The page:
We are beta testing our new website and would love your feedback. Click here to visit it.

Irish Times Notes

Show me items from:


Other pages in News:

Press Releases

Diocesan News

Committee News

Bishops' Advisory Commission on Doctrine

Bishops' Appeal Committee

Bishops' Selection Conference

Board of Education (N.I.)

Board of Education (R.O.I.)

Broadcasting Committee

Central Communications Board

Church in Society Committee

Commission on Ministry

Council for Mission

Disability Working Group

Hard Gospel Committee

Literature Committee

Liturgical Advisory Committee

Marriage Council

Parish Development Working Group

Priorities Fund

Standing Committee

Synodical Reform Committee

Irish Times Notes

RCB Library Notes

Upcoming Events

RSS news feed

View latest news as RSS

Printable version

Church of Ireland Notes from ‘The Irish Times’

Irish Times Notes

Added on 30/01/2016

1916 Seminar in Dublin

Next Tuesday evening the parish church of St George & St Thomas, in Findlater Place, Cathal Brugha Street, Dublin, will host a seminar on the 1916 Rising. The church, which was built in the 1930s, to an award winning design by Frederick Hicks, replaced St Thomas’s church in Marlborough Street which was badly fire damaged in 1922 and subsequently demolished. Following the closure of St George’s church in Hardwicke Place, in 1990 the church was re–dedicated to St George & St Thomas.

The seminar, which has been co–ordinated by Dr Susan Hood from the Representative Church Body Library, has been organized by the Irish Society for Archives in conjunction with An Post. Entitled ‘Hidden Pages from the 1916 Rising’ it will feature five short presentations on little known archival sources for the Rising. The seminar will be chaired by Patsy McGarry, Religious Affairs Correspondent of The Irish Times.

The first speaker will be Colum O’Riordan from the Irish Architectural Archive on ‘Architectural Legacies of 1916’ followed by Ellen Murphy from Dublin City Library & Archive who will speak on ‘Reactions to the Easter Rising in the Monica Roberts Collection’. Moving beyond Dublin, Grainne Doran will consider events in Co. Wexford where she is the County Archivist. Padraig Allen will discuss the emergency medical response using the archives of the St John’s Ambulance Brigade and Stephen Ferguson, Assistant Secretary in An Post, will explore the experiences of the staff of the GPO during Easter Week. Following the addresses there will be an opportunity for questions and discussion.

The seminar will begin at 6.45pm with refreshments from 6pm. Admission is free and all are welcome.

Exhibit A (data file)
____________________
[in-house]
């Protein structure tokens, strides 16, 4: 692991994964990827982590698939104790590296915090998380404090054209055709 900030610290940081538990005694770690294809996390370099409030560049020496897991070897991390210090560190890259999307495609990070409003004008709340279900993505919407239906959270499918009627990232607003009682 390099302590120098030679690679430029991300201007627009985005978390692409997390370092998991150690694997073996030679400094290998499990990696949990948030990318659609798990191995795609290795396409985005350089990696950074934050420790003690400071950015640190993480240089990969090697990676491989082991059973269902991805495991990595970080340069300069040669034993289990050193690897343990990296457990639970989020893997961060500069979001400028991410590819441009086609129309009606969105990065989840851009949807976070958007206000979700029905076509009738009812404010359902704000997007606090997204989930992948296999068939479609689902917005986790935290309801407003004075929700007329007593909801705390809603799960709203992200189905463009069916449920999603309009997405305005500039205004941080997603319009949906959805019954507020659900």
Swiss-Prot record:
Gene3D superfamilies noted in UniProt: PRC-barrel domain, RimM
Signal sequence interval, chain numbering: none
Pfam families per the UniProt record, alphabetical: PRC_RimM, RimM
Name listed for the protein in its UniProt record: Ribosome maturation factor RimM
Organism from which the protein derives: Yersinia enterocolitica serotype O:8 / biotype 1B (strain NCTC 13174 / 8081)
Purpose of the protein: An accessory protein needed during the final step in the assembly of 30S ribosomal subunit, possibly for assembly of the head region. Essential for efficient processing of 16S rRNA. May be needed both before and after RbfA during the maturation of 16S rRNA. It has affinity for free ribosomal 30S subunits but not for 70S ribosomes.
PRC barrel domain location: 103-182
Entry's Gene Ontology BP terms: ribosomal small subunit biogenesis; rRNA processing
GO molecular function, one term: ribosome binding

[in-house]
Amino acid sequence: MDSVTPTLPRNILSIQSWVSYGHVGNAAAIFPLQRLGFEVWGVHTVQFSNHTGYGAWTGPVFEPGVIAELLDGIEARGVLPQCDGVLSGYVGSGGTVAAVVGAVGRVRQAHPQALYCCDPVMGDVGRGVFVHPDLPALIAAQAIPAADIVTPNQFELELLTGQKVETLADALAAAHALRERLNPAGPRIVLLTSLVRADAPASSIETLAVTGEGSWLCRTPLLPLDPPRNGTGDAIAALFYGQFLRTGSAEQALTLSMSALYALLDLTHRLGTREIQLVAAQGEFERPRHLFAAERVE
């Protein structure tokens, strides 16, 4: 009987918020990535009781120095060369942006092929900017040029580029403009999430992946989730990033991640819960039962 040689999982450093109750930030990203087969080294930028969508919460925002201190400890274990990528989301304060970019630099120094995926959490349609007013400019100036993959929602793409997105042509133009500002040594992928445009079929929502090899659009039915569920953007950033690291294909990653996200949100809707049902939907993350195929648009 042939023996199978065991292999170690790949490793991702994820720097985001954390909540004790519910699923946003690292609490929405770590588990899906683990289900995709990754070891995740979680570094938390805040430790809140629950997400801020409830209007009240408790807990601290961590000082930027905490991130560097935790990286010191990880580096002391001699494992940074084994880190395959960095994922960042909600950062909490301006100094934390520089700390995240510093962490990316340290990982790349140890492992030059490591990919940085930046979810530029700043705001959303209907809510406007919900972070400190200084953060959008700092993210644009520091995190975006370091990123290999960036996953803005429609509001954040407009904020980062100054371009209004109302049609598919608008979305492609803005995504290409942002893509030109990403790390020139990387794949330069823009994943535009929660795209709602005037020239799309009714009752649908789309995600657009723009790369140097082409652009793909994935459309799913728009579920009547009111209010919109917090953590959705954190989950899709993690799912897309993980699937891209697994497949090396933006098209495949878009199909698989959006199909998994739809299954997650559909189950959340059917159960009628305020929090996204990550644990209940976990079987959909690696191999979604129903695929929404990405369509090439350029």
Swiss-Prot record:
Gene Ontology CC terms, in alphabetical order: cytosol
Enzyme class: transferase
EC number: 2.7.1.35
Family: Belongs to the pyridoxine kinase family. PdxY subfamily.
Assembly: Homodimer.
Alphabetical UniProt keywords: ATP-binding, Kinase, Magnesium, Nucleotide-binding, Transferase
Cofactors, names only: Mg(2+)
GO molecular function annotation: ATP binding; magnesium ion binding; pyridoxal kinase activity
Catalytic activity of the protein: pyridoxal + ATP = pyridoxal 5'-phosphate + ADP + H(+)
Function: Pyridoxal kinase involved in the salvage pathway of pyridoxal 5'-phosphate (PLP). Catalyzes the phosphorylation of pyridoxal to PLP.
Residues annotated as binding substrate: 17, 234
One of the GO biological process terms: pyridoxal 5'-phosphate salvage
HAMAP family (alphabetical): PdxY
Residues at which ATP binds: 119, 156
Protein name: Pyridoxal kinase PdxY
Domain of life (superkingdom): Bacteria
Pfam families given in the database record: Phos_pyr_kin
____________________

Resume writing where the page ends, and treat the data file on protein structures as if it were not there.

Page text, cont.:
The 1916 seminar follows a similar event organised by the ISA last year on ‘Hidden Pages of the First World War’, in collaboration with St Patrick’s Cathedral – see http://dublin.anglican.org/news/2015/02/Archivists-Research-Brings-Stories-of-Individuals-Involved-in-War-to-Life

Today (Saturday) the Bishop of Cork, Dr Paul Colton, will host a lunch for the National Spiritual and Religious Advisory Panel of Scouting Ireland, on which the Bishop represents the Church of Ireland, following a meeting of the NSRAP in the Bishop’s Palace.

Tomorrow (Sunday) at 3pm there will be a memorial service for the late Bishop Peter Barrett in St George’s church, Belfast, where he was vicar from 1990 until 1994. At 3.30pm in St Brigid’s cathedral, Kildare, the Cathedral Singers, directed by David O’Shea, will sing at the Patronal Festival Service. The preacher will be the Dean of Kildare, Dr John Marsden. In St John’s cathedral, Sligo, the Ven. Isaac Hanna, Rector of Drumcliffe, Lissadell & Munninane, will be installed as Archdeacon of Elphin & Ardagh in succession to the Revd Ian Linton who is now Rector of Drumragh in the Diocese of Derry.

Next Tuesday evening the Past Choristers Association of Christ Church cathedral, Dublin, will have a table quiz in the cathedral crypt beginning at 7.30pm. Further details may be had from Victor Coe at pastchoristers@christchurch.ie

A new network of clergy and laity, called Credo, has been launched in Belfast. The network’s name is intended to indicate its roots in the Church’s baptismal faith and in the witness, prayer and theology of the Fathers and Mothers of the Early Church. Credo’s aim is not to rival or supplant other organizations but to contribute to the renewal of the Church of Ireland through ongoing reflection upon the formation and riches of the Anglican tradition. More information about Credo may be had at CredoCofI@gmail.com



Church of Ireland

Church of Ireland Notes from ‘The Irish Times’

   Irish Times




www.twitter.com/churchofireland     www.facebook.com/churchofireland